Swami says

publicly discussion of Iran is playing a high-stakes game of “Swami Says” – a phony attempt to predict the future.

Shadow over Likud logo 370 (photo credit: Marc Israel Sellem)
Shadow over Likud logo 370
(photo credit: Marc Israel Sellem)
What do people around the world spend billions on every day? What need has spawned more professions, both real and fraudulent, than any other? The answer isn’t so obvious but becomes clear once you start thinking about it.
Predicting the future has been one of mankind’s primary concerns since the beginning of civilization. It is essential for us to try and be in control of our destiny and hedge our bets against the inevitable changes are part of our existence. If you’ve ever considered why people purchase stocks, insurance or even a lottery ticket, you know where I’m coming from.
Before you start thinking that I’ve decided to write a column on philosophy, let me assure you that this need is playing an ever growing part in the delicate balance between the Israeli government and the media.
Let me start by going back to October. Right after the Tishrei holidays, a leading Israeli newspaper published an op-ed, a portion of which ran on the front page. It basically discussed how Prime Minister Binyamin Netanyahu and Defense Minister Ehud Barak might be planning to attack Iran’s nuclear facilities without the backing of the heads of security forces and, no less importantly, with zero public discourse. No sources were quoted.
The day after the piece came out I wrote a column criticizing the paper for running the story, especially on the front page, as I felt it did not serve the citizens of Israel. I argued that there are many other parties interested in having the Iran nuclear issue shoved to the forefront of the public agenda (I even named a few of them) but that it was counterproductive for the country as a whole.
My editor at the time decided that I was too critical of the newspaper and killed my piece despite my objections. Sure enough, within two to three days everyone was talking about Iran. Just to clarify, I understand that Iran poses a huge threat to Israel. That said, I believe that publicly discussing all of the different scenarios designed to put an end to that threat is playing a high-stakes game of “Swami Says” – a phony attempt to predict the future.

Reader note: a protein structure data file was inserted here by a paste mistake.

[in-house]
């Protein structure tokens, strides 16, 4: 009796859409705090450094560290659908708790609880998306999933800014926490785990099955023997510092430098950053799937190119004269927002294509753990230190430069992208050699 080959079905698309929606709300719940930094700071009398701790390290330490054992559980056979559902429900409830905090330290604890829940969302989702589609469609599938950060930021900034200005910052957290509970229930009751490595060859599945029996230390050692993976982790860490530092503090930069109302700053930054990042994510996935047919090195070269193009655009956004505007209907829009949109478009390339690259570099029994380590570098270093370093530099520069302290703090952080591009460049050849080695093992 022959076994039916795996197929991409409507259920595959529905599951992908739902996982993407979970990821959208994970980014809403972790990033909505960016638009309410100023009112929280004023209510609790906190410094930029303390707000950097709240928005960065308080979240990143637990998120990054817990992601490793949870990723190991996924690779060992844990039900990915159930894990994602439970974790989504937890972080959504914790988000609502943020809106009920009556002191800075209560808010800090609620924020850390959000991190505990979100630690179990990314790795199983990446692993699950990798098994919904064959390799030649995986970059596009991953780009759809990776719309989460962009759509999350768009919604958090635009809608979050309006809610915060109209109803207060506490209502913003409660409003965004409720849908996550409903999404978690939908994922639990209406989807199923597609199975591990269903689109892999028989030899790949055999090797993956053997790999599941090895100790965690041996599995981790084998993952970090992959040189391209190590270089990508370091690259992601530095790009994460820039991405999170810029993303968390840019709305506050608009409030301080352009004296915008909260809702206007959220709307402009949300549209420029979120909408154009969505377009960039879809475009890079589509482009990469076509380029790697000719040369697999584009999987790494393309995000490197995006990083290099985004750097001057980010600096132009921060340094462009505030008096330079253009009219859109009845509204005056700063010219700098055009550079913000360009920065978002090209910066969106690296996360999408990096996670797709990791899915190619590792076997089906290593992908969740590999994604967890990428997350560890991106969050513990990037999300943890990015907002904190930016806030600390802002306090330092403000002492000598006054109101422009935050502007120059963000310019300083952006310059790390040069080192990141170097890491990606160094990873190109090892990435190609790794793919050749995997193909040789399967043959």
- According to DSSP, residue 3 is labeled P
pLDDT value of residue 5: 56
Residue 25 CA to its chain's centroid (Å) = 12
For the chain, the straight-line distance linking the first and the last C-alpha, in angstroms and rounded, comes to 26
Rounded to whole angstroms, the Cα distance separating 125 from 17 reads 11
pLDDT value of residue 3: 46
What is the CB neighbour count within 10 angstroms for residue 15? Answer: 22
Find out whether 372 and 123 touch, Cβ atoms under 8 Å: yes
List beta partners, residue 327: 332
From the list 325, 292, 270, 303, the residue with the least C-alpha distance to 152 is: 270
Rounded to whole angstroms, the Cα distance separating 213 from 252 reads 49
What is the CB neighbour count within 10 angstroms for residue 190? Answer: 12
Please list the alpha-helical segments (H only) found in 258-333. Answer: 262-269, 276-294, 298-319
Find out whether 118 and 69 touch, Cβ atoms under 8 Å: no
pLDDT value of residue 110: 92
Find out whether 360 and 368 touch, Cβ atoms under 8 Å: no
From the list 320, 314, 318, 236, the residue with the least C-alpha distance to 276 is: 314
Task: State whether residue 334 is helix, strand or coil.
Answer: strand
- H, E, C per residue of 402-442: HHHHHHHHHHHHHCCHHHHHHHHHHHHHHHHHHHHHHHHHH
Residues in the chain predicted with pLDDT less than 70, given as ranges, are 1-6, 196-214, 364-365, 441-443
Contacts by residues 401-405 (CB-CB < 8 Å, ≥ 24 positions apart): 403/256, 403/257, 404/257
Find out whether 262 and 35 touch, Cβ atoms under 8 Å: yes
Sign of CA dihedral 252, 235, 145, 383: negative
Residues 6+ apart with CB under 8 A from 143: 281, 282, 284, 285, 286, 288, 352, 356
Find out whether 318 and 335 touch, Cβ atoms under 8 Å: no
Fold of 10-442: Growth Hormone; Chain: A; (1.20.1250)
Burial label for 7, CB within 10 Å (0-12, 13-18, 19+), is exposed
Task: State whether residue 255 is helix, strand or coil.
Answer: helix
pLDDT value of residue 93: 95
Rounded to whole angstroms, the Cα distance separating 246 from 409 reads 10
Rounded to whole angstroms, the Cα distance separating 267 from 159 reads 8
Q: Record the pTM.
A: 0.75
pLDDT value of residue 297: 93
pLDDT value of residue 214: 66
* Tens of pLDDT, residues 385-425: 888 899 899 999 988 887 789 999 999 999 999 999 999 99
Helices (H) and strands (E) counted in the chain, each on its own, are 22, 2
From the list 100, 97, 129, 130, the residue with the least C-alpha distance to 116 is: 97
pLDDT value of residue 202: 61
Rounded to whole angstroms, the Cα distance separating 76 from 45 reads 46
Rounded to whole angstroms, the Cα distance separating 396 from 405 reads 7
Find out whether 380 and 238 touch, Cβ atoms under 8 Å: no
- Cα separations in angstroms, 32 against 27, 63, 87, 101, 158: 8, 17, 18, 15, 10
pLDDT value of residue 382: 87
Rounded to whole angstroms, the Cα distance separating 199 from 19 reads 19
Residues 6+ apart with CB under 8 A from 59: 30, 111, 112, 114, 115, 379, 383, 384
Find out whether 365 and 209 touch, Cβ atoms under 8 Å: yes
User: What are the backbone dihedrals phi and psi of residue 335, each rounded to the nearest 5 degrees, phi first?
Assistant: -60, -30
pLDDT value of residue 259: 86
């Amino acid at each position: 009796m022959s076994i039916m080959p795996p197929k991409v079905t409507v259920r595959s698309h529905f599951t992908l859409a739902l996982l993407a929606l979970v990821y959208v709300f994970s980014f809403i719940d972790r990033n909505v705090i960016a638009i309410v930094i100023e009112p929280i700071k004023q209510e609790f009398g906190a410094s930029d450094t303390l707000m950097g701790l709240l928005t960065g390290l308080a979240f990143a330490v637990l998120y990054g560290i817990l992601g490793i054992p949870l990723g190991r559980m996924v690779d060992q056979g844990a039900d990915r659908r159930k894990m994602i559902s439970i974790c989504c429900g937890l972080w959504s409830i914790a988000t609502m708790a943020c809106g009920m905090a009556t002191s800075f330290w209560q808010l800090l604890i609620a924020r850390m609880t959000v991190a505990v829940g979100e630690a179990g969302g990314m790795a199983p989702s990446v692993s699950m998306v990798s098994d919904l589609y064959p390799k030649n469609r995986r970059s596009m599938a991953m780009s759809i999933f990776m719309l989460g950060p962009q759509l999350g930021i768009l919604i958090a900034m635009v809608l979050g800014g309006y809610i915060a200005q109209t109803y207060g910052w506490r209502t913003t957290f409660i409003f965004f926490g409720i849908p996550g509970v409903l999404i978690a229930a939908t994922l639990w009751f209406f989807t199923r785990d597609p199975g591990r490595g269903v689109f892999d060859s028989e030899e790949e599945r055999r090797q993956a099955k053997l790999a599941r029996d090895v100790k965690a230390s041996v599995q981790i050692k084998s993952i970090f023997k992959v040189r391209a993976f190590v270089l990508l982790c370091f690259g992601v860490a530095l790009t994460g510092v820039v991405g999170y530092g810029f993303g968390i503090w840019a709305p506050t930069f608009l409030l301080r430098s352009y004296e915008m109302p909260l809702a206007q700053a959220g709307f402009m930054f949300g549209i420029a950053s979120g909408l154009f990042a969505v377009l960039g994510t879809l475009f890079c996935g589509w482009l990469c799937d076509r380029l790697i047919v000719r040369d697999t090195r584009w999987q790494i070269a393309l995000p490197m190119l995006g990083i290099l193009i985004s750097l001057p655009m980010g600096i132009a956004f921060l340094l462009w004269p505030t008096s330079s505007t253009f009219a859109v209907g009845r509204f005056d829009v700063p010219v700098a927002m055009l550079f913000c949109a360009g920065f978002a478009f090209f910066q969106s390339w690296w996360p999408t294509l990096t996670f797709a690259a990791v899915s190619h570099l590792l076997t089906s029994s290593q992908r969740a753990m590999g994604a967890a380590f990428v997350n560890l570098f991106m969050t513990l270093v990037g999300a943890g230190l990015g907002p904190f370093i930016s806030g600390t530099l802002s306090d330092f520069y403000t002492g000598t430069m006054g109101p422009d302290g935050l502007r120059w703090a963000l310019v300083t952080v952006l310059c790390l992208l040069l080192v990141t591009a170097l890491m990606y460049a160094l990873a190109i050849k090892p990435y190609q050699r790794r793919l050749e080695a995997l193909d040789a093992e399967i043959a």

The Iran agenda has made top headlines not just in the Israeli press but in international media outlets as well. But why do they all go along with it? Simply put, it makes for an endless supply of stories. A highly regarded individual of any party involved in the situation can say something and it can make the front page. Who knows, maybe another piece of information or opinion will give us a clearer vision in our crystal ball.
The problem domestically is that the saber-rattling has been so loud it has drowned out the cries for other important causes. Looking back, it seems to have particularly hampered the message from the throngs of Israelis who last summer took to the streets demanding the government change our economic priorities. Who would want to lead a newscast with a lopsided tax system or the high price of housing when you could be talking about a possible war or nuclear annihilation?
Now, just in case the Iran rhetoric is quieting down, the Likud has orchestrated yet another game of Swami Says for the Israeli public in the form of elections. It started, once again, immediately following the holidays. The Friday after Independence Day, an interview with Knesset Speaker Reuven Rivlin was published saying that the upcoming parliamentary session will likely be the last of this Knesset. Sure enough, on Sunday that’s what everyone was talking about and the next day, it was all but set in stone.
The period leading up to elections is when media outlets are hypersensitive. Knesset members running for office are out there campaigning and trying to raise money. That means massive press presence. Every news outlet wants to get a headline via extensive coverage. We’ll all be occupied as they look for every mistake, every fight and every juicy tidbit and report on it.
If we are to believe today’s polls, Likud will win this election and the status quo will be preserved. But news outlets can’t just leave it at that. There needs to be suspense and plotlines. Some parties will lose out while others will gain power. Which ones? We’ll be taken down the road to the elections. Meeting and revisiting with the people and their stories. Analyzing every twist and turn and what it might mean for the upcoming vote. Four or five months of tales from the campaign trail. We’ll be spending a lot of money to finance a gamble in which Likud has heavily hedged its bets.
That should keep us all busy until after the elections when, like it or not, at the end of the holidays, we’ll all tune in for another nail-biting episode of Swami Says. That chapter has yet to be written.
The writer is an independent media consultant and a former producer at the Fox News Channel in New York.